- BATTERY: Battery life is the other big question. The Wii U’s portable battery life was poor, and Switch is going to need to at least cover a flight from Heathrow to New York – and possibly far more – if it wants to really establish itself as a portable machine.
- POWER: And that leads onto the next question. We don’t know how powerful the custom Tegra chipset is, but if it’s too powerful, then battery life is going to take a hit. If it’s not powerful enough, however, it might not even be able to graphically compete with the leading smartphone titles, let alone consoles. Nintendo has confirmed that the home dock doesn’t offer any additional computing power, but might it supercharge the Tegra to boost TV performance? Let’s hope so, because a 720p portable gaming system could fall well short on the established graphical standards when viewed on your 40” LED flatscreen.
- TOUCHSCREEN: Speaking of screens, is the Switch’s panel a touchscreen? For a device that wants to market itself as a properly portable tablet you’d hope so, but note that not once was anyone seen touching the screen in the teaser video. A lack of touchscreen would also kill the presumption that Switch will be compatible with Nintendo’s smartphone games, too.
- STORAGE: We also need to know what Nintendo’s storage plans are. This was an(other) area in which the Wii U fell desperately short. We know there’s no disk drive, but what is the game card capacity? How much space will users have for downloads? Will there be an SD port? Two or three of those big Nintendo exclusives will soon eat into standard memory card sizes, certainly. Even a PS4 or Xbox One’s 500GB HDD feels woefully inadequate in this day and age. Will the move away from discs and installations for physical games be enough to offset this, especially at a time when more and more people are going exclusively digital?
- ONLINE: Another issue is Nintendo’s online infrastructure. The company has been playing catch up in this area for ages. A decent service that more closely resembles Xbox Live and PSN and not British Gas’ account customisation page would go a long way to helping Nintendo reach out to existing gamers.
- LAUNCH TITLES: So we have Mario Switch and Mario Kart on the way? Yay! But are they launch titles? It would be a huge, huge plus for Nintendo if they were. One of the big promises Switch offers is the potential unification of Nintendo’s home and handheld development efforts – a nice, solid, varied release schedule would be the single biggest favour Nintendo could do for its new machine at this stage.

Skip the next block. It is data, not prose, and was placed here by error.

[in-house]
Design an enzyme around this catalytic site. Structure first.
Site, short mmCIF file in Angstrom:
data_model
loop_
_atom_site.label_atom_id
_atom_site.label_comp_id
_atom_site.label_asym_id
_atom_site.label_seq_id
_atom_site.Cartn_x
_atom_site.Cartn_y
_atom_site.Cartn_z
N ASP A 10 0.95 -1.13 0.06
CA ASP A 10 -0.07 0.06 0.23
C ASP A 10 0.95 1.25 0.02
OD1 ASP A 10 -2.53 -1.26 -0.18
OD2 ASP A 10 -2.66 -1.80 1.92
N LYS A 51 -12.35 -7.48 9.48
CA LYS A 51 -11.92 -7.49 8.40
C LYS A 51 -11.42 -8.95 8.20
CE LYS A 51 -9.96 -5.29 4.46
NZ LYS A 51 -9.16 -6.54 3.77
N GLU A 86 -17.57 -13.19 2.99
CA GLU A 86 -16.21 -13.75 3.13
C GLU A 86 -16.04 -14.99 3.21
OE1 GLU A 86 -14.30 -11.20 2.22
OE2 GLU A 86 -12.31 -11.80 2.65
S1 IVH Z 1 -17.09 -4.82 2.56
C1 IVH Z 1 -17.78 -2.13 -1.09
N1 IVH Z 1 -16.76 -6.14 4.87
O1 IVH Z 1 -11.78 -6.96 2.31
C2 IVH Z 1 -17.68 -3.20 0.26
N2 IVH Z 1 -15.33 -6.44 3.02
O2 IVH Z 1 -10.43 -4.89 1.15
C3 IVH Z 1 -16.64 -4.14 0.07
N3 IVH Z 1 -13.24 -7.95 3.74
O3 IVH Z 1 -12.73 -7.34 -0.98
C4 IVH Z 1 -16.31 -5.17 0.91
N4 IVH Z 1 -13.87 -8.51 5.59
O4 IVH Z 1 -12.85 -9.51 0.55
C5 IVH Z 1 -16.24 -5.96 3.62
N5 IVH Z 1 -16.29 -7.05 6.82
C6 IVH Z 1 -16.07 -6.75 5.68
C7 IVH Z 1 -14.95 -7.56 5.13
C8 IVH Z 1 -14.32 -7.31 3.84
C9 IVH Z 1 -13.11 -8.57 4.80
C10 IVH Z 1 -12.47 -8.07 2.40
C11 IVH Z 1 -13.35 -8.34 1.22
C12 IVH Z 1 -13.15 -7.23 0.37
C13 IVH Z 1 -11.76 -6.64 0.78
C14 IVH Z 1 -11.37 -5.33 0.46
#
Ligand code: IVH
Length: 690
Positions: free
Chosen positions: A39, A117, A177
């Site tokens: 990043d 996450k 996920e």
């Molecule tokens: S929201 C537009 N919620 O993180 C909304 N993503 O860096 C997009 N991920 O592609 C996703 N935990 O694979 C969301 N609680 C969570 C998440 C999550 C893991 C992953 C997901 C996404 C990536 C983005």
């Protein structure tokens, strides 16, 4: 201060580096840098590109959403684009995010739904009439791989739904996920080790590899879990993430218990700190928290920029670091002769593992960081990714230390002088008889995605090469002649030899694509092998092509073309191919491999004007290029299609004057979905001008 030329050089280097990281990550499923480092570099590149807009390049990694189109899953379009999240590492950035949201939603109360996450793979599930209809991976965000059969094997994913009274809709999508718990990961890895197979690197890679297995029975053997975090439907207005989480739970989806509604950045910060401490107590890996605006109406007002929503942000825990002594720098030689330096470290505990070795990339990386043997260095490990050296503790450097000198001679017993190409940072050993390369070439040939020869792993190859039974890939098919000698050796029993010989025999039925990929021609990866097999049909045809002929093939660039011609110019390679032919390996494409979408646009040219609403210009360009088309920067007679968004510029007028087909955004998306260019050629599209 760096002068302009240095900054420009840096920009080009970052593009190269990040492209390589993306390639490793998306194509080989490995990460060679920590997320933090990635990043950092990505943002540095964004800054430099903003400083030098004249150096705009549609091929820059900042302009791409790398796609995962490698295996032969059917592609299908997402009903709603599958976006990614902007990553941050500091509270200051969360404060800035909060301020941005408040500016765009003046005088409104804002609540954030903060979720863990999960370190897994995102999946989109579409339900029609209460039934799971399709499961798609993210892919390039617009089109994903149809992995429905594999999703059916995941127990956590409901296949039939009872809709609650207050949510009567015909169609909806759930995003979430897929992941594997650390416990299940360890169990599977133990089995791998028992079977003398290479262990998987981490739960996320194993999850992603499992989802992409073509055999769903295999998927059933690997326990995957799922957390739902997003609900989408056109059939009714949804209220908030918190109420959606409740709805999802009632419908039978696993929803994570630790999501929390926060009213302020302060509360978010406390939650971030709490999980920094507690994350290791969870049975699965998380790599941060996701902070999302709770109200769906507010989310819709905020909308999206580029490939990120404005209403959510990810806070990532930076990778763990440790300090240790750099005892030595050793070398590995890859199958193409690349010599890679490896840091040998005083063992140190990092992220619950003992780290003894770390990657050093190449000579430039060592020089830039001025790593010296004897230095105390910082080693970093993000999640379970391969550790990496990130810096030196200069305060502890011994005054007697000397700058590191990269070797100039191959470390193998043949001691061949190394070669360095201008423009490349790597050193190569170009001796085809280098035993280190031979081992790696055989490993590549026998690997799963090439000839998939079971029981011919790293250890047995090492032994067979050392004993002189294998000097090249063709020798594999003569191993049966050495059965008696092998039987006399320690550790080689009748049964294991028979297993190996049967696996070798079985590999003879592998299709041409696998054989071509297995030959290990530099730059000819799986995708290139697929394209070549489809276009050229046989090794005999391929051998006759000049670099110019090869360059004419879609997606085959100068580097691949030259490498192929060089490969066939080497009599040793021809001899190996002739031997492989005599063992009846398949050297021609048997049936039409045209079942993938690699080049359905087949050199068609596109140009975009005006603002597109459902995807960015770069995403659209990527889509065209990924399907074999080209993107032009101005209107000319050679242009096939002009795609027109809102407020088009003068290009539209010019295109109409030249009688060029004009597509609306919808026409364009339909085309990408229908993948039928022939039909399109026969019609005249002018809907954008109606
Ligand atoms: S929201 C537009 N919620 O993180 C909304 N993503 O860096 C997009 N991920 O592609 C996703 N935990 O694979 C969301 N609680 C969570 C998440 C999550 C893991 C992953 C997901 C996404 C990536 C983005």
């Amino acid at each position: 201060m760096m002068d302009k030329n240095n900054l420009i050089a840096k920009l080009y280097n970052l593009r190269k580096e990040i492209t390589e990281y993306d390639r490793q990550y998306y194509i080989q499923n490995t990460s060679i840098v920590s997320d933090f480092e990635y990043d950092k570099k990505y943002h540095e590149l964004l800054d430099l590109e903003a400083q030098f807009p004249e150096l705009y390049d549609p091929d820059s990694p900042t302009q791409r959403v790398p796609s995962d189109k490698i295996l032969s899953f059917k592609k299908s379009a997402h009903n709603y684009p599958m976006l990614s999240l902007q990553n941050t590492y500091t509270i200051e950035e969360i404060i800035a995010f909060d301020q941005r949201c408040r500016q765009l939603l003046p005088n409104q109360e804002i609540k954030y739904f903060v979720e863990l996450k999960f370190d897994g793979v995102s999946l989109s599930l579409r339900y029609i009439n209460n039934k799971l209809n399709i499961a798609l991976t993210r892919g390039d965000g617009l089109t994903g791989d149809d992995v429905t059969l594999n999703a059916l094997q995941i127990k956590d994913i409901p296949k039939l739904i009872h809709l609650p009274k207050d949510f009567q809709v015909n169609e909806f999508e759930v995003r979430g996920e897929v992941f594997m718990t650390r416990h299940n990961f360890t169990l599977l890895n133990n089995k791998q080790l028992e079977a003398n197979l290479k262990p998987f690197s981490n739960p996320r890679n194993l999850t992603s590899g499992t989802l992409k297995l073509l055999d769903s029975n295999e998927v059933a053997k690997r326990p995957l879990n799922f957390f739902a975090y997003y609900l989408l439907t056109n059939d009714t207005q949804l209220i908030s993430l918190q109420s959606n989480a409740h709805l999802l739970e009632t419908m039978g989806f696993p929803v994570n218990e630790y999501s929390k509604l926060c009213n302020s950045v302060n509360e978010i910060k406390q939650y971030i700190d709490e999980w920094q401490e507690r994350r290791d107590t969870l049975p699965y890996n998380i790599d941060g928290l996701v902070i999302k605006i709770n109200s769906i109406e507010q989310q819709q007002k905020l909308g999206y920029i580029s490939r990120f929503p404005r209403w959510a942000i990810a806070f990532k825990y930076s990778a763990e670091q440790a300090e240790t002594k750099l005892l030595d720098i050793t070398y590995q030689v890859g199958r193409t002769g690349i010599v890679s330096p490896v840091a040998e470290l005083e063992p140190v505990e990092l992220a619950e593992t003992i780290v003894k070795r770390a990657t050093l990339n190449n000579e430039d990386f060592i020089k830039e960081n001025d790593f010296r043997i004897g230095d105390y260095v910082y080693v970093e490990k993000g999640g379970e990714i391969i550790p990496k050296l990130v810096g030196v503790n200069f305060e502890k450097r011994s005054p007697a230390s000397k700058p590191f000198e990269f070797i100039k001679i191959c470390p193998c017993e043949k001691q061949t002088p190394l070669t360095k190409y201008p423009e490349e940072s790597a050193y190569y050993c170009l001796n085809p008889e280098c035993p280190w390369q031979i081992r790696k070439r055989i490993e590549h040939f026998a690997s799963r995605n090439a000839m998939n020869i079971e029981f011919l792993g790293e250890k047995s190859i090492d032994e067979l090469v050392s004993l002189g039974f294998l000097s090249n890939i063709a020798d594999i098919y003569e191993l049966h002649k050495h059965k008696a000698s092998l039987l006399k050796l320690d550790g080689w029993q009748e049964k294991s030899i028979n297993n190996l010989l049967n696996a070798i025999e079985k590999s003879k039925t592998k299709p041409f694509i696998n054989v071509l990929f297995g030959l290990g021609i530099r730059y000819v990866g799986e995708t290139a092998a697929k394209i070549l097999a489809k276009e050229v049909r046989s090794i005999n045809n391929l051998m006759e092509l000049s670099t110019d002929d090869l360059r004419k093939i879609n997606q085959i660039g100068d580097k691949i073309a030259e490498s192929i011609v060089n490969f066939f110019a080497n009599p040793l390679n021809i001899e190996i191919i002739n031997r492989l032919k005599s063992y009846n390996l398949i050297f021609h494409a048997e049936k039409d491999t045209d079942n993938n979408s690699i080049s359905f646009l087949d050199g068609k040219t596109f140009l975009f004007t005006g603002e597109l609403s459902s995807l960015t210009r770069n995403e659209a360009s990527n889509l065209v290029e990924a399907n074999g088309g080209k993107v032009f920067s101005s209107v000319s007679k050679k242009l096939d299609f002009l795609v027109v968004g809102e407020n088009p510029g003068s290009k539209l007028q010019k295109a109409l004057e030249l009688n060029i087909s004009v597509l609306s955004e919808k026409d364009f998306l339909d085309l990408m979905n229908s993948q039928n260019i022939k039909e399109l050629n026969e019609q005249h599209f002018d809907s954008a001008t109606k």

- THIRD PARTIES: Of course, should Nintendo want success beyond its usual audience, that long-elusive third party support is vital. Yesterday’s announcement brought with it a long list of supporting companies. And that’s great, but we’ve been here before. Early support can quickly turn into sod all support should sales stall. That Bethesda won’t even confirm Skyrim for Switch is a bit of a worry considering how prominent the RPG was in the trailer. Are we going to get FIFA? Is From Software porting Dark Souls? Are publishers honestly going to invest in porting their titles across to a Tegra-based machine? The answer to all of these questions might be yes, but it would be good to know for sure.
- 3DS: What does all of this mean for 3DS? Nintendo has been keen to stress that Switch is a ‘home first’ machine, but with a design based specifically about getting out and about, you have to ponder whether this means the end for 3DS.
Ultimately, it all boils down to this: Who is Nintendo Switch going to sell to? And don’t let the aspirational young adults from the promo video fool you into thinking that has betrayed Nintendo’s target demographic.
Will Switch sell to Nintendo’s existing fanbase? Yes, without doubt. I mean, these people buy Amiibo, so they’re gonna buy this. JOKE! (Not really a joke…)
Will Switch sell to keen gamers, perhaps PS4 or Xbox One owners, who don’t currently use any Nintendo systems? Possibly. Even non-Nintendo fans recognise the quality of Nintendo games, and for the right price I can see a few relapsed gamers stepping back into the fray to play the new Mario or Zelda.
Will Switch sell to non-traditional gamers? I don’t think so.
Now, this last point is especially complicated. The Wii redefined the rules on the mass-market reach of video games, and since then the question of boundary breaking is one that’s confronted every new hardware reveal. But PS4 has shown that, actually, appealing to core gamers alone IS enough. The PS4 was designed from the ground up to appeal to that very specific audience, and it has been a colossal success.
Nintendo doesn’t have to have another Wii on its hands for Switch to be successful. Which is fortunate, really, as Switch isn’t going to replicate the success of the Wii. Truthfully, I’m not sure what it offers to the larger audience who won’t buy it on the strength of Nintendo titles alone. These people have tablets, they might have a console, they have a ridiculously powerful smartphone in their pockets.
I’m not sure that Switch is going to be able to carve a niche for itself among the many devices they are already invested in. And perhaps that won’t matter, although what shareholders will make of the numbers when they compare them to Pokemon Go or the surely successful Super Mario Run is another question entirely.